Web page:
Humanities Center

Digital Humanities Series

Willis Monroe: "Introducing the Database of Religious History"

Wednesday, September 29th, 5:00-6:00 PM

ZOOM 

Meeting ID: 854 5670 0855

Passcode: 430736

Dr. Monroe will discuss the features of the Database of Religious History, a major project to record scholarly perspectives on the wide variety of religious groups throughout history. The database is designed to serve as a centralized clearinghouse for scholarly knowledge of the historical record, bringing together a core of quantified, standardized data with qualitative comments, references to crucial resources, and links to on-line text and image databases. The project is based at the University of British Columbia and has recruited academic contributors form around the globe. It has over 500 entries on groups, places, and texts dating from 8,000 BCE onwards and is open-access and accessible at religiondatabase.org

database of religious history icon

M. Willis Monroe is Managing Editor of the Database of Religious History and a Research Associate in Asian Studies at the University of British Columbia. 


Amanda Henrichs: "Embroidered Tales: Remediating Mary Wroth"

Wednesday October 27th, 5:00-6:00 PM

ZOOM

Meeting ID: 880 9327 8365

Passcode: 122036

Mary Wroth (neé Sidney, a prominent seventeenth-century women writer) is known to modern scholars as highly allusive, and the same scholars have documented many moments of intertextuality between her work and that of her father Robert Sidney and her uncle Philip Sidney. Further, the whole family was close-knit, and Wroth and her aunt Lady Mary Pembroke in particular are known to have had a warm relationship. Yet there have not yet been documented intertextual moments between Wroth and Pembroke. Given everything we know about the Sidney family, this should not be true.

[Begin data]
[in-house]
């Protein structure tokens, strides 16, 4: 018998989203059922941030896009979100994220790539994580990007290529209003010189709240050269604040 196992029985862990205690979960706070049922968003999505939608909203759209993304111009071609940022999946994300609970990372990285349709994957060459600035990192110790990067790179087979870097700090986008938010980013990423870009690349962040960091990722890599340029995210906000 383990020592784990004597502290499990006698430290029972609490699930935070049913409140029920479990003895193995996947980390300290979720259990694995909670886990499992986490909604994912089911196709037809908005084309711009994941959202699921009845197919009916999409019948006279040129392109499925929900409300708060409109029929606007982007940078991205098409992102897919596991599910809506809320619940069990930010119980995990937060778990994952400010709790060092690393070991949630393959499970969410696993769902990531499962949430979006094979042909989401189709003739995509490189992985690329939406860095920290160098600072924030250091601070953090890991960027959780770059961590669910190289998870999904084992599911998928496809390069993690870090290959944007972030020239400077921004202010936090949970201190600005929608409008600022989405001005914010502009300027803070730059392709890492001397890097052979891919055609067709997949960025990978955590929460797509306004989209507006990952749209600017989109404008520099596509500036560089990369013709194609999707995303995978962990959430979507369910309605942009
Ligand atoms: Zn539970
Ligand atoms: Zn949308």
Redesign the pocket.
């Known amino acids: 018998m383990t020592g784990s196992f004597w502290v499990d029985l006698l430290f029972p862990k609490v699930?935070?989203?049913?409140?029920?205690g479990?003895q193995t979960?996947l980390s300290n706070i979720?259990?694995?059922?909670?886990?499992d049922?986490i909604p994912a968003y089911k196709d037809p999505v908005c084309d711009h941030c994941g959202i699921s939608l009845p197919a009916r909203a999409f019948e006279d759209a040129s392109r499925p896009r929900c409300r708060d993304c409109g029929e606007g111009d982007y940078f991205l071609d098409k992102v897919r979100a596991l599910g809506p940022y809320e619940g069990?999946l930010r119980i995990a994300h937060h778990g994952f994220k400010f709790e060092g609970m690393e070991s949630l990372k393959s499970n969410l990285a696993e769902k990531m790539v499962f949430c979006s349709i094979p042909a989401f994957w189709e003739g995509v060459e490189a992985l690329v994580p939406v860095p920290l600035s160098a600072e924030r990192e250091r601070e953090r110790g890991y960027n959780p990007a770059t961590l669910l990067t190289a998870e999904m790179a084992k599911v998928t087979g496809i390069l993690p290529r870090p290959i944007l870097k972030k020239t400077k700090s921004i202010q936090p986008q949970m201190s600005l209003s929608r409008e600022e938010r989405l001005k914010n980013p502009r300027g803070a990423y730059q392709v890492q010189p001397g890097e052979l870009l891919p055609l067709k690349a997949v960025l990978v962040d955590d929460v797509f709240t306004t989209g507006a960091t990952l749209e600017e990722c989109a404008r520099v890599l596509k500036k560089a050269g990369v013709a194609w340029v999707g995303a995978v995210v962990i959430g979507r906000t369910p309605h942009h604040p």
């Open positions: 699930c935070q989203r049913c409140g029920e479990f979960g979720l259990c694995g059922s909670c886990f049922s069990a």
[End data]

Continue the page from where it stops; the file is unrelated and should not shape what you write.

In order to explore this intertextual gap, Dr. Henrichs focuses on two main scholarly methods that roughly correspond to close reading and distant reading. As new kinds of approaches enable new kinds of reading, humanists are faced with new questions, including can computers identify the marked language that close readers would call allusions? In a family that is demonstrably intertextual, and with an author that is especially so but with one surprising gap, can computers find additional moments of intertextuality? How does a shift in method change our understanding of historical intertext? 

This talk will push further on questions of method, incorporating feminist and critical making practices. Building on Lauren Klein and Catherine D’Ignazio’s call to make data visualizations that physicalize data in order to challenge power, Dr. Henrichs suggests that textual remediation calls for a participatory criticism, whether remediation happens through complex computational processes or via needle and thread.

 amanda henrichs

Bio

Amanda Henrichs earned her Ph.D. from Indiana University in 2016, and since then has held administrative positions with IU's Institute for Digital Arts and Humanities, as well as the Five College Digital Humanities and Blended Learning initiative. Now a Coordinator of Instructional Design at Holyoke Community College, she most recently held a Visiting Assistant Professor position at Amherst College. Her work has been published in Criticism, The Ben Jonson Journal, and with the Women Writers Project. Her current interests center around supporting equitable online pedagogy, feminist critical making practices, and creative ways to combine historical humanities and cutting-edge technologies. 

This talk is co-sponsored by  meriam library

Art and Social Change

With the 2020-21 theme, Art and Social Change, the Humanities Center seeks to inspire discussion about the ways that art can help us understand the past, engage with current social concerns, and envision the future. Events will highlight interdisciplinary humanities research and creative activity on the impact of the arts on society, locally and internationally. Focusing on intersectional issues of social justice, including systemic racism, sexism, and economic disparity, we will engage scholars, students, and the community in conversation on how art reflects and provokes social change.